Japanese shares surged nearly four per cent on Thursday morning, with investors heartened by Wall Street's best performance in nine years after the White House said Fed Chair Jay Powell would not be fired.
Asian markets followed Tokyo's lead with more modest gains in morning trade, giving some welcome relief from a lingering global market downturn.
The Hang Seng index in Hong Kong was up 0.7 per cent by mid-morning.
Taiwan and Sydney both climbed 1.5 per cent, and Singapore stocks rose by 1.6 per cent.
"Thankfully for investors, the relentless selling on the back of risk-off sentiment which prevailed leading up to Christmas has mercifully halted... with the Dow surging over 1,000 points while adding the most significant points gain in history," said Stephen Innes, head of APAC trading at OANDA.
Wall Street stocks roared back to life in post-Christmas trade on Wednesday, shaking off four straight routs following strong retail sales data and White House reassurances that Fed Chair Jerome Powell won't be fired.
Sentiment also improved after a Bloomberg News report said a US government delegation will travel to Beijing in early January to hold trade talks, the first face-to-face discussion since US president Donald Trump and Chinese president Xi Jinping agreed on a 90-day trade war truce.
The Dow Jones Industrial Average finished up nearly 1,100 points, or about five per cent, with the broad-based S&P 500 also surging five per cent.
"It was possible that risk appetite wouldn't recover until after the new year but thanks to the upturns in Tokyo and New York, we are likely to see the new year in with a somewhat brighter mood," Mizuho Securities said in a note.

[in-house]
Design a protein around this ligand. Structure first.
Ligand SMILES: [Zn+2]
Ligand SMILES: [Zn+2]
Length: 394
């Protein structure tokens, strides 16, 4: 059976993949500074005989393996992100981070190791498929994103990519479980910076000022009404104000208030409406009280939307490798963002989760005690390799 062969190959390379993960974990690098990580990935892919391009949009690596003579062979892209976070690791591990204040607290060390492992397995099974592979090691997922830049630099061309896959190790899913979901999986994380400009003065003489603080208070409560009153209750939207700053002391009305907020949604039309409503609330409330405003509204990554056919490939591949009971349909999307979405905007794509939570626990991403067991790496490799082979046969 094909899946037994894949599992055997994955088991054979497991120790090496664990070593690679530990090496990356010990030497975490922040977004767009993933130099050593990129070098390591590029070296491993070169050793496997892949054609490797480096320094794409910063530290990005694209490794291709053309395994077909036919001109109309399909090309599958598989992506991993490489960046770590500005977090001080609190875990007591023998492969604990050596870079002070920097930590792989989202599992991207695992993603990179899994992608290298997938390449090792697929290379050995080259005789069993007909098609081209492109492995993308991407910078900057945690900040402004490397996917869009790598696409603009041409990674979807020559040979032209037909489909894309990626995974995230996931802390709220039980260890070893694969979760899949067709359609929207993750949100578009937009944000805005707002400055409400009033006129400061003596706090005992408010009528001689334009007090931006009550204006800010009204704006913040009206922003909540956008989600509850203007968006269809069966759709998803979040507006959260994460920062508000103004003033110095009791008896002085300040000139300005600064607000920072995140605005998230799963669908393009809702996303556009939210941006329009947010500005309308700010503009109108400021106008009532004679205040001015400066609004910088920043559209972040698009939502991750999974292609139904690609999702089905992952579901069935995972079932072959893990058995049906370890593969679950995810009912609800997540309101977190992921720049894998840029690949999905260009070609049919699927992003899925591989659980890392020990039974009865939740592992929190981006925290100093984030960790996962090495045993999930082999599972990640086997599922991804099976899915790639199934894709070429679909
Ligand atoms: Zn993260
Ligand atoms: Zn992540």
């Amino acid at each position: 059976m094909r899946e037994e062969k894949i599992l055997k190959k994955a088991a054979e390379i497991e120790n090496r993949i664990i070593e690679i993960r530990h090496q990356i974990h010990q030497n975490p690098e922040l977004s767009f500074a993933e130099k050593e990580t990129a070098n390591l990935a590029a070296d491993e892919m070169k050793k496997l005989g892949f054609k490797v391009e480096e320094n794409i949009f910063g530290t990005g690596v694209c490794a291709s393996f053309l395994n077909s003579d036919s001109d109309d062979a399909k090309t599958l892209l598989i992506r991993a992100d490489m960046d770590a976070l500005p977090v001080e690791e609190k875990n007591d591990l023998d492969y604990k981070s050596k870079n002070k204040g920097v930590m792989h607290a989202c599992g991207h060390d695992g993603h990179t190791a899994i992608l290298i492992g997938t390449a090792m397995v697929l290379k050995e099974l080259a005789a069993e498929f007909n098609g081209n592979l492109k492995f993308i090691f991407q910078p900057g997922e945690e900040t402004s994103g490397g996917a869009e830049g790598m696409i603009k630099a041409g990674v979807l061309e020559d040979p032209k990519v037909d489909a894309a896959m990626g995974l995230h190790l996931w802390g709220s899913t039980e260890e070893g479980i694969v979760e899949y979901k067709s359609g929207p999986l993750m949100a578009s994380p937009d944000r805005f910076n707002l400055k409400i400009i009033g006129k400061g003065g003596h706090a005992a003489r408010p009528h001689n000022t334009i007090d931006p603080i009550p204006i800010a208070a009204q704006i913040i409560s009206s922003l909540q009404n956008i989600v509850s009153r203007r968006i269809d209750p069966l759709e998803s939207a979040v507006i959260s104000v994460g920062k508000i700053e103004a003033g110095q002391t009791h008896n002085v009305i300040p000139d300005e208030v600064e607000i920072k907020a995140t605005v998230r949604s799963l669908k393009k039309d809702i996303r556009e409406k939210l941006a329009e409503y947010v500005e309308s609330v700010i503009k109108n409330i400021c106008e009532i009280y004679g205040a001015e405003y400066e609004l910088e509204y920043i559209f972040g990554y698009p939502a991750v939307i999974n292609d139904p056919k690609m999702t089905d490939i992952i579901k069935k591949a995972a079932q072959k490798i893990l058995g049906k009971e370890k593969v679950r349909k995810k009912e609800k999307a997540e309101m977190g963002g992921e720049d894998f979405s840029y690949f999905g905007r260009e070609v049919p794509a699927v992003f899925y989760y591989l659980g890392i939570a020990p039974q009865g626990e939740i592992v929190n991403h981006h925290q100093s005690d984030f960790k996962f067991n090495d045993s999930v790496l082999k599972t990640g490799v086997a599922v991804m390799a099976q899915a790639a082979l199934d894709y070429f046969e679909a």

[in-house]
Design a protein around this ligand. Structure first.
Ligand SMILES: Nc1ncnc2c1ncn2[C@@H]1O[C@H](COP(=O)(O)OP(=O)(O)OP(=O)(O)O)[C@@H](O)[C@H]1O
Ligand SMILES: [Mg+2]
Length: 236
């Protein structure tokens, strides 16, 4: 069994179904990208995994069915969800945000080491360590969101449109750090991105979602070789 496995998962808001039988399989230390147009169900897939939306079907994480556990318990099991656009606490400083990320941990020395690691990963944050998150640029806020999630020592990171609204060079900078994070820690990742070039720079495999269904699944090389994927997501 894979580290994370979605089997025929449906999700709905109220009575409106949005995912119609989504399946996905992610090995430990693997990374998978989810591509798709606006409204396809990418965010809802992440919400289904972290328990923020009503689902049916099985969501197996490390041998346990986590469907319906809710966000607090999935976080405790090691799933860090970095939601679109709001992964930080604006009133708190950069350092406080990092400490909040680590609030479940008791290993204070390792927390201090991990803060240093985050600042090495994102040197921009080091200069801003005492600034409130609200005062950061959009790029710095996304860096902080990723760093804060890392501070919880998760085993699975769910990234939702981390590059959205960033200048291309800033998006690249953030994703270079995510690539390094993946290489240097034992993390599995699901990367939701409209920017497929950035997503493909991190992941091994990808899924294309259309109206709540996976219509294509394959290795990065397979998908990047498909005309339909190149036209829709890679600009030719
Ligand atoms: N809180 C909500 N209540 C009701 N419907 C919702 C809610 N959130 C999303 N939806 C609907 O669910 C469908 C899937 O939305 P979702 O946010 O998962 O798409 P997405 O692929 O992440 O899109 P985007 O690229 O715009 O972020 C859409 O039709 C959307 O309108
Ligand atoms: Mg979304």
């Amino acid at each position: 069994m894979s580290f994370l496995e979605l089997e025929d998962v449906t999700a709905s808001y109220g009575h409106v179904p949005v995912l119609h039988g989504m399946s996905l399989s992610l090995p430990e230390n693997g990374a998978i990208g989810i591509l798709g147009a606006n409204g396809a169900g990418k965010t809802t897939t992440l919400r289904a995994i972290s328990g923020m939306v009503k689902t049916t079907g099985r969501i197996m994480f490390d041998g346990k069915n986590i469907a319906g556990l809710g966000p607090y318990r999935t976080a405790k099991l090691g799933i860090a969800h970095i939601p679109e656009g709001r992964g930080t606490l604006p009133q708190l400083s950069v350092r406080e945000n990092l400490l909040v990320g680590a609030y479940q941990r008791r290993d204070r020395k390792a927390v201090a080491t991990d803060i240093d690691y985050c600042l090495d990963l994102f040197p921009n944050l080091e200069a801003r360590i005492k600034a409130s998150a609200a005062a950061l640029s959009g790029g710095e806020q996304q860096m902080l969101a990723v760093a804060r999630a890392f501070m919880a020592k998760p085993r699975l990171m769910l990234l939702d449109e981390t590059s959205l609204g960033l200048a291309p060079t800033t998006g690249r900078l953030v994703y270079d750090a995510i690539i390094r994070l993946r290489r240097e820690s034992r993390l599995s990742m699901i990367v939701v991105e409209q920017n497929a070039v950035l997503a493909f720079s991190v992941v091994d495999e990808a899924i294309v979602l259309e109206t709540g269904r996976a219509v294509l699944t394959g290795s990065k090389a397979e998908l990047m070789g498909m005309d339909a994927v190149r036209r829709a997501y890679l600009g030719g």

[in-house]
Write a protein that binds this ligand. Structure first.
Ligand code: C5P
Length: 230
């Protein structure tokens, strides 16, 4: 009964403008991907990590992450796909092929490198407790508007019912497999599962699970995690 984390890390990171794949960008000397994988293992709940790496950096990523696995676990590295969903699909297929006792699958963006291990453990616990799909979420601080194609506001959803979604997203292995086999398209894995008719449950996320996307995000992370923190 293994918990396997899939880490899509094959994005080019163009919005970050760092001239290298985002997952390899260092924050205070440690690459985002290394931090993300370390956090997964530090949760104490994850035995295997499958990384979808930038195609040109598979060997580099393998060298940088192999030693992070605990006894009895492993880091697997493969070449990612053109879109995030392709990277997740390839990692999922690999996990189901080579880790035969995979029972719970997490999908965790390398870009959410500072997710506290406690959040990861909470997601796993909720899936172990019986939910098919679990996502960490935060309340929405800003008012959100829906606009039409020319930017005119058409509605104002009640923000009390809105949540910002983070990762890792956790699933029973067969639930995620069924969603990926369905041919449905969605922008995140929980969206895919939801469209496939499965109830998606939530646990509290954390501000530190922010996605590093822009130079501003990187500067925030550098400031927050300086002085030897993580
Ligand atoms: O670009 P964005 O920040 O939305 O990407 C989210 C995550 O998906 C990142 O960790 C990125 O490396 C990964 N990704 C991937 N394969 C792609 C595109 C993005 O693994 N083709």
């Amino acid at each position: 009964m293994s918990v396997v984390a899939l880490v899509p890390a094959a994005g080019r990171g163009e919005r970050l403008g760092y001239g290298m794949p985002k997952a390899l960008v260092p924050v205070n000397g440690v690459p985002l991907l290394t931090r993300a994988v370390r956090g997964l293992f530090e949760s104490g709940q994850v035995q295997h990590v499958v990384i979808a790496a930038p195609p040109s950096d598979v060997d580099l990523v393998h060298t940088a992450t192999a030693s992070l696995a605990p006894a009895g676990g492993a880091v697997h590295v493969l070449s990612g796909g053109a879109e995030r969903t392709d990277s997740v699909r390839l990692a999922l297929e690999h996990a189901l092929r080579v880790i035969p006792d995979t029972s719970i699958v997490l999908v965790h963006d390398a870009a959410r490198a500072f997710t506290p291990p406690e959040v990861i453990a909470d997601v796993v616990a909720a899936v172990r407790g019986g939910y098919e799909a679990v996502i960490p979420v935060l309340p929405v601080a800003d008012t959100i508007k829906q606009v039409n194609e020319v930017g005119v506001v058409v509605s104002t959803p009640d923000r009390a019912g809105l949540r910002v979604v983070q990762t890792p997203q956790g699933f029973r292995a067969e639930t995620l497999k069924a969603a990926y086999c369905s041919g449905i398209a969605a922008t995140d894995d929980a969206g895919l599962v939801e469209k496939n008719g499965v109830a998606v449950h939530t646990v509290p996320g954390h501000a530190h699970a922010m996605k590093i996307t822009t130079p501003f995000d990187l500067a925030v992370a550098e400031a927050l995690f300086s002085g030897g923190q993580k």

Many investors have been unnerved by a variety of factors, including the partial US government shutdown, the US-China trade war and Trump's ongoing criticism of Fed Chair Powell.
But while a sense of relief won out for now, analysts warned that there was still much uncertainty in the market.
"Don't get too comfortable as discussions regarding the various political and policy questions remain hanging in the balance," said Innes.
US stock-index futures fell as much as 0.6 per cent on Thursday, suggesting investors are unlikely to sustain Wednesday's market rally when US markets open.
Kyle Rodda, a Melbourne-based market analyst at IG Group Holdings Plc, told Bloomberg News investors "are still nervous about how financial markets and the global economy will go during a cyclical slowdown without central bank support".
The euro remained weak against the dollar after falling in New York.
Mizuho Bank said: "Many market players expect the dollar would likely drop against the yen early next year as factors that could fuel risk aversion or prompt dollar selling are lining up."
They include risks of a no-deal Brexit, the 28 February deadline for the Trump administration in trade talks with China and chances that the Federal Reserve would pass on a rate hike expected in March, it said.
Meanwhile oil markets lost some of their gains as crude prices slid Thursday, after jumping nearly nine per cent Wednesday to mark the biggest gain in more than two years.
Gold has also been soaring and was set for its biggest monthly gain in almost two years, with investors seeking safe havens amid the partial US government shutdown and concerns about the global political and economic outlook.